Europe's 500 Bills Are Latest Front in Countering Terror Financing

BRUSSELS—European finance ministers are meeting Friday to discuss measures aimed at countering the financing of terrorism and will broach the possibility of the European Central Bank withdrawing the €500 bank note as part of the strategy.
"Today we are aiming for a political agreement on measures against terrorism financing. We will ask the ECB to look at the 500 euro bank note," said Dutch Finance Minister Jeroen Dijsselbloem, who chairs the meeting.
French Finance Minister Michel Sapin said that in his country, this bill is used "rather to dissimulate than to buy, rather to facilitate dishonest transactions."
France has been at the forefront of several initiatives aimed at tackling terrorism finance and intelligence sharing, after its capital was hit by two terrorist attacks last year.
The â,¬500 ($565) note is hardly used in day-to-day commerce and many retailers in Europe refuse to accept it. A decision to withdraw it from circulation would have to be taken by the ECB.
Luxembourg's finance minister Pierre Gramegna backed his French colleague: "500 euro[s] is a huge number. We want to discourage fraud and corruption, we want to reduce cash payment and with the €500 bill it's easier to bypass the law."
But not all ministers are in favor of such a step.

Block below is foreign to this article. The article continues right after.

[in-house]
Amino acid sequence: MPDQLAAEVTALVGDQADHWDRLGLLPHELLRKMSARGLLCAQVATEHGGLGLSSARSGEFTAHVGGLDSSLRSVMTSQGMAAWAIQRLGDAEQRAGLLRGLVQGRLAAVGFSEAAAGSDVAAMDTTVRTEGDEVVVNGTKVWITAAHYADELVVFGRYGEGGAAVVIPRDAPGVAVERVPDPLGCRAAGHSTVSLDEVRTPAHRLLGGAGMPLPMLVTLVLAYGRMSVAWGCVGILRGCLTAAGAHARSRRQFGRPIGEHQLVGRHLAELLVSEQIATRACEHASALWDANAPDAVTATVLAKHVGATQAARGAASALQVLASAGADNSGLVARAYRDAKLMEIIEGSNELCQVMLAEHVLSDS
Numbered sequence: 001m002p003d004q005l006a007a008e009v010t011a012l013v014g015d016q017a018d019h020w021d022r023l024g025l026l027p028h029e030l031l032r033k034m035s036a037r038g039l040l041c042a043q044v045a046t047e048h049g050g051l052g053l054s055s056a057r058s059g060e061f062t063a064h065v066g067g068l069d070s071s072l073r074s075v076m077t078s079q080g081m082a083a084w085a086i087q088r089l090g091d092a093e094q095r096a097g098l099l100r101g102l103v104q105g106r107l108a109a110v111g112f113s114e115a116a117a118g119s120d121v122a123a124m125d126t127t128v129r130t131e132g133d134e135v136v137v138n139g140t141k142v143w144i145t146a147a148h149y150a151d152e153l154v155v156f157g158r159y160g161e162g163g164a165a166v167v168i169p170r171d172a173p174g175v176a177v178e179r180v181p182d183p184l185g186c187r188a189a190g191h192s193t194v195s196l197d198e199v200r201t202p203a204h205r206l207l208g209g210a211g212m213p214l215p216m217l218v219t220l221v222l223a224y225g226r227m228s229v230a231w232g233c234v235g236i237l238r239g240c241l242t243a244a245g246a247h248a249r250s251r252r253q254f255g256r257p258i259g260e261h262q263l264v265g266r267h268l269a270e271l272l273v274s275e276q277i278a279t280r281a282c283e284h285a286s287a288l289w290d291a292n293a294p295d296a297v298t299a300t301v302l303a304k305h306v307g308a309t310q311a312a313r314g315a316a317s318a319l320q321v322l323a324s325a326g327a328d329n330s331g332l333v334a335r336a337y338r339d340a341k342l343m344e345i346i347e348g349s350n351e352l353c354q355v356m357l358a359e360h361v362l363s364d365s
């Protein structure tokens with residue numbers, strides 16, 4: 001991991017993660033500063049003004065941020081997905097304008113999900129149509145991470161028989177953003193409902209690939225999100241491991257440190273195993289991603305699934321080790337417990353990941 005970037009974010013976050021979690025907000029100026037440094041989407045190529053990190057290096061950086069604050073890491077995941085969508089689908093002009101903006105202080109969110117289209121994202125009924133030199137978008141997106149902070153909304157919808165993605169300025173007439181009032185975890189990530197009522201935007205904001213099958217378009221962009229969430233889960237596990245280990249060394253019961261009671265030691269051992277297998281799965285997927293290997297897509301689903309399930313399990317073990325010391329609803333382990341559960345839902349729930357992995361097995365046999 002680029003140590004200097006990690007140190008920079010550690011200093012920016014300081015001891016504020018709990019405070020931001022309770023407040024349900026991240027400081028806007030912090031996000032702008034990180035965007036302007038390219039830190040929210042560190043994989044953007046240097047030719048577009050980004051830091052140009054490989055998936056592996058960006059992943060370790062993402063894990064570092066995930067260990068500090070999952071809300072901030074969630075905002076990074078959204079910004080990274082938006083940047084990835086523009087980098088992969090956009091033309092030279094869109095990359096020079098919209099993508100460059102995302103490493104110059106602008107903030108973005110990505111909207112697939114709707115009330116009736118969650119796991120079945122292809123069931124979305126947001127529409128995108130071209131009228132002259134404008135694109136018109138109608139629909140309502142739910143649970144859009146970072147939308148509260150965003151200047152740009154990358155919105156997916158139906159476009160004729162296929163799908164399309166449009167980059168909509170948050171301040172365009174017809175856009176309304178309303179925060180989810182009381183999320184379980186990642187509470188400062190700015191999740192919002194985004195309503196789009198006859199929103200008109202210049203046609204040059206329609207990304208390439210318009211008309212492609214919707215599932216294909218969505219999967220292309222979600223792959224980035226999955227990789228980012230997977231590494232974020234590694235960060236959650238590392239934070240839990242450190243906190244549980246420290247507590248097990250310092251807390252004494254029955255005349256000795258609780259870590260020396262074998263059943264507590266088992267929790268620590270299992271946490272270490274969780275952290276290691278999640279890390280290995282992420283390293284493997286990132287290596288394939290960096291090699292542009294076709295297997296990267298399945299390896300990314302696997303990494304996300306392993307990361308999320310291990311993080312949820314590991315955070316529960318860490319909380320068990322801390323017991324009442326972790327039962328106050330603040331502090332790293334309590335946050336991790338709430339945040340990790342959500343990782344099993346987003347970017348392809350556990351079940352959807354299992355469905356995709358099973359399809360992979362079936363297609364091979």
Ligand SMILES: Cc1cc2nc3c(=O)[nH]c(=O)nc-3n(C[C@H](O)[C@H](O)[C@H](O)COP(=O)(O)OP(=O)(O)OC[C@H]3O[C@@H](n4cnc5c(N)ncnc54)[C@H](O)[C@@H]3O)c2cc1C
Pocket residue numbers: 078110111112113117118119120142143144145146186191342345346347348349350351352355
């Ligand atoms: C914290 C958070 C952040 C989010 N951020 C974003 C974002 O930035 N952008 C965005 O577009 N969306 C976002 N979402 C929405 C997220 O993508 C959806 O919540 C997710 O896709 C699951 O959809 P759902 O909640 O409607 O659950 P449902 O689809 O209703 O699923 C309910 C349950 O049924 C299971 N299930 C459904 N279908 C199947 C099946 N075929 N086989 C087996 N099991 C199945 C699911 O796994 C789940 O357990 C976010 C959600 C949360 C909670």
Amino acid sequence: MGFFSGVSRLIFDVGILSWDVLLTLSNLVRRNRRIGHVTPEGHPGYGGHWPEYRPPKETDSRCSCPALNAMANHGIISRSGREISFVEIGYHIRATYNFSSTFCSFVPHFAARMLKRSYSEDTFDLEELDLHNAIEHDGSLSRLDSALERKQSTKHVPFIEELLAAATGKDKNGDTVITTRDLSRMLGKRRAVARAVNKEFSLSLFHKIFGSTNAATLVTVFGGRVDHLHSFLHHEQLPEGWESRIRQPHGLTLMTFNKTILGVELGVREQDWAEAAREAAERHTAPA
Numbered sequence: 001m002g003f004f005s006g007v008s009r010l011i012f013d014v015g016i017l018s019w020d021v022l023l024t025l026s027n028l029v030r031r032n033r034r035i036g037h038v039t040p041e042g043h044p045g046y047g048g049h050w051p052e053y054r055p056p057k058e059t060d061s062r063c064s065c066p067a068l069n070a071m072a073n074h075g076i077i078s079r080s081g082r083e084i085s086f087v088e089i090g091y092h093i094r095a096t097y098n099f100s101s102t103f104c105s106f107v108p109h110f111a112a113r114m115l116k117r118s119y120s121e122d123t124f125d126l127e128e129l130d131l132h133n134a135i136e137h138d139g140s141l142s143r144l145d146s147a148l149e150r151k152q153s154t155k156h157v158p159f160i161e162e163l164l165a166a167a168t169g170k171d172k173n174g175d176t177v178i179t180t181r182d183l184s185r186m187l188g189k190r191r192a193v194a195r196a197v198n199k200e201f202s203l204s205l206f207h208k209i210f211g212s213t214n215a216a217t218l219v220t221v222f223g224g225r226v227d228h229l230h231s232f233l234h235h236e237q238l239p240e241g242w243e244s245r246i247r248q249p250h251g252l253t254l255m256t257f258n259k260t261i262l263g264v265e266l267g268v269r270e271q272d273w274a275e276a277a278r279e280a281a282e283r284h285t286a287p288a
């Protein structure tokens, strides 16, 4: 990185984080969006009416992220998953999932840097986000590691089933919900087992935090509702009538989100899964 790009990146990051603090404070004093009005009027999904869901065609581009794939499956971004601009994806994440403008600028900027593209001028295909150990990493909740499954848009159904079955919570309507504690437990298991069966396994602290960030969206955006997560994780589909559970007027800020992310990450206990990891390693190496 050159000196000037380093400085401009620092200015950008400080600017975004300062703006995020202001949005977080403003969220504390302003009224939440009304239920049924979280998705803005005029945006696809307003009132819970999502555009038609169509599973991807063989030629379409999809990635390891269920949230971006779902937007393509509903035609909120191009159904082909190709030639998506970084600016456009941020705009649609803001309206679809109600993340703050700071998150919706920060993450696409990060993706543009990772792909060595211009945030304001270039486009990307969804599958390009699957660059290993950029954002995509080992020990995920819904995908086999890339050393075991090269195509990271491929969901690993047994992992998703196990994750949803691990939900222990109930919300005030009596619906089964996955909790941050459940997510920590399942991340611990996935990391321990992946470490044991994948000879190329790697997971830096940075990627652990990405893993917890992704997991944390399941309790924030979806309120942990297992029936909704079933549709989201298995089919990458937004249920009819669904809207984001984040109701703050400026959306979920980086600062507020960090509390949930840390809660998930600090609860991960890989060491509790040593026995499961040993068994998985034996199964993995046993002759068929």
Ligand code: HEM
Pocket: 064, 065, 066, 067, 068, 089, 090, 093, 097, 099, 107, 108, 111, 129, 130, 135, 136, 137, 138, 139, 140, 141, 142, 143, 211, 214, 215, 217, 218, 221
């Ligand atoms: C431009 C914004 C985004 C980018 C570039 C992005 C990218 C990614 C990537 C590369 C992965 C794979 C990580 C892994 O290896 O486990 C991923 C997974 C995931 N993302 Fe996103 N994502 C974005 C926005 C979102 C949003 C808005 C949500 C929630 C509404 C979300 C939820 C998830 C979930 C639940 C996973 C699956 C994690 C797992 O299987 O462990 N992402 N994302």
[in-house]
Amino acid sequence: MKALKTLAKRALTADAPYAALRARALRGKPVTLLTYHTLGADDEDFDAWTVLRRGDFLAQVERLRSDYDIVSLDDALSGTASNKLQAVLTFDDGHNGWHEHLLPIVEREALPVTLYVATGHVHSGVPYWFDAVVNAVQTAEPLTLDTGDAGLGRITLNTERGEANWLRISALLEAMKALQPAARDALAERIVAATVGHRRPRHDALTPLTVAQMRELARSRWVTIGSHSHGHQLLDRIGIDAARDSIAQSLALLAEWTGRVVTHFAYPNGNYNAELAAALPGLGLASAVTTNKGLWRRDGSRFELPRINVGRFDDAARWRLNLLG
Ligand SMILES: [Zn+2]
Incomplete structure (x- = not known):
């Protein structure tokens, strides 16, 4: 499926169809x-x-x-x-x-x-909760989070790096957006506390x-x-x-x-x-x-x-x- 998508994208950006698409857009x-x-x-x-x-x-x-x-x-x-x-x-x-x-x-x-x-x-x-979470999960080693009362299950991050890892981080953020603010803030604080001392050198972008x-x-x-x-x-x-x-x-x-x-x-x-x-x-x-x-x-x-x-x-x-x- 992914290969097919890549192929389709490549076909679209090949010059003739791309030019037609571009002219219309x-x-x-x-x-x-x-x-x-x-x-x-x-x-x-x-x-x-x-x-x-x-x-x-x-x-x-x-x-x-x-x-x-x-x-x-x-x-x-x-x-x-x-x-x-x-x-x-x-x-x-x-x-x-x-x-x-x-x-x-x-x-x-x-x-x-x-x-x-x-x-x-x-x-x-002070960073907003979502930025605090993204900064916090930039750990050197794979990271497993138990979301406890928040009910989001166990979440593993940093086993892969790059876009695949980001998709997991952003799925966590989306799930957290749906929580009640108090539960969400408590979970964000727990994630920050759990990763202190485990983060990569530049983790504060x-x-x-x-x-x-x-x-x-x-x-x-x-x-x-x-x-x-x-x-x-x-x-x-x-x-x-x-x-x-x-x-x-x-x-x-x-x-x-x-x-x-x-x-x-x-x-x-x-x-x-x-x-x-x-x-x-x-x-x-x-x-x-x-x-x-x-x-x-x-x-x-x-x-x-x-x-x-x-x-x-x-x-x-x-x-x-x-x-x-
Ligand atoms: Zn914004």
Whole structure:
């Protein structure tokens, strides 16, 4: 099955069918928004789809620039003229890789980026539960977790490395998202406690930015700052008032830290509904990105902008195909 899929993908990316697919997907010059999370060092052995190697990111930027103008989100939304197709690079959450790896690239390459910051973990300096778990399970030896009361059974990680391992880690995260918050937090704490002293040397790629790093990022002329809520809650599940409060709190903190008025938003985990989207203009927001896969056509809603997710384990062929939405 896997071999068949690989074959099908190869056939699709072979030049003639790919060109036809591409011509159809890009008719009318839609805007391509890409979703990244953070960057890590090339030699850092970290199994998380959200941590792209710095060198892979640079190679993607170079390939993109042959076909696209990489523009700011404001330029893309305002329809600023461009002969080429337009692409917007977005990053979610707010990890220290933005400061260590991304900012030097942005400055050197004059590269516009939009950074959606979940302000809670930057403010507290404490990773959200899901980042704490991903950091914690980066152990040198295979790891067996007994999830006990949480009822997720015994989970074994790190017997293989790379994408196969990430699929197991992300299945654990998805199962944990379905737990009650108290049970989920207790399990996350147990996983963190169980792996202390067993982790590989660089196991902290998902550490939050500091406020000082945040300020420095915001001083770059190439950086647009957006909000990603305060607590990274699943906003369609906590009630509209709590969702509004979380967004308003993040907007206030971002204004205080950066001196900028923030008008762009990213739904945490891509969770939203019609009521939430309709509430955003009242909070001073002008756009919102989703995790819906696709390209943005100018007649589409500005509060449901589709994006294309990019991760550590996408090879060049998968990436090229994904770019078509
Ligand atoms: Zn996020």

Austrian Finance Minister Hans Jö rg Schelling said that banning a high-denomination banknote isn't the way to tackle illicit transactions. "You don't need to abolish bank notes, you only need to make it mandatory to have bank transfers above a certain threshold, as we have it in Austria," Mr. Schelling said.
"I am 100% in favor of keeping cash. I don't think there is much of a difference if we have a €500 bank note or not since almost nobody accepts €500 notes at fuel stations and so on. But we could keep it, under strict rules," he said.
Around half the total value of all the physical euro bank notes in circulation is in €200 and €500 notes. The U.S.Federal Reserve, by contrast, only goes as high as $100 notes, while the Bank of England gets just as far as £ 50.
In 2010, the U.K'sSerious Organised Crime Agency claimed that 90% of €500 notes issued in Britain had gone to gangsters and other serious criminals.
ECB board member Benoî t Coeuré on Thursday said that the arguments for keeping the €500 notes are becoming "less and less convincing."
"We're actively considering the question and will take a decision shortly," Mr. Coeure told the French daily Le Parisien.



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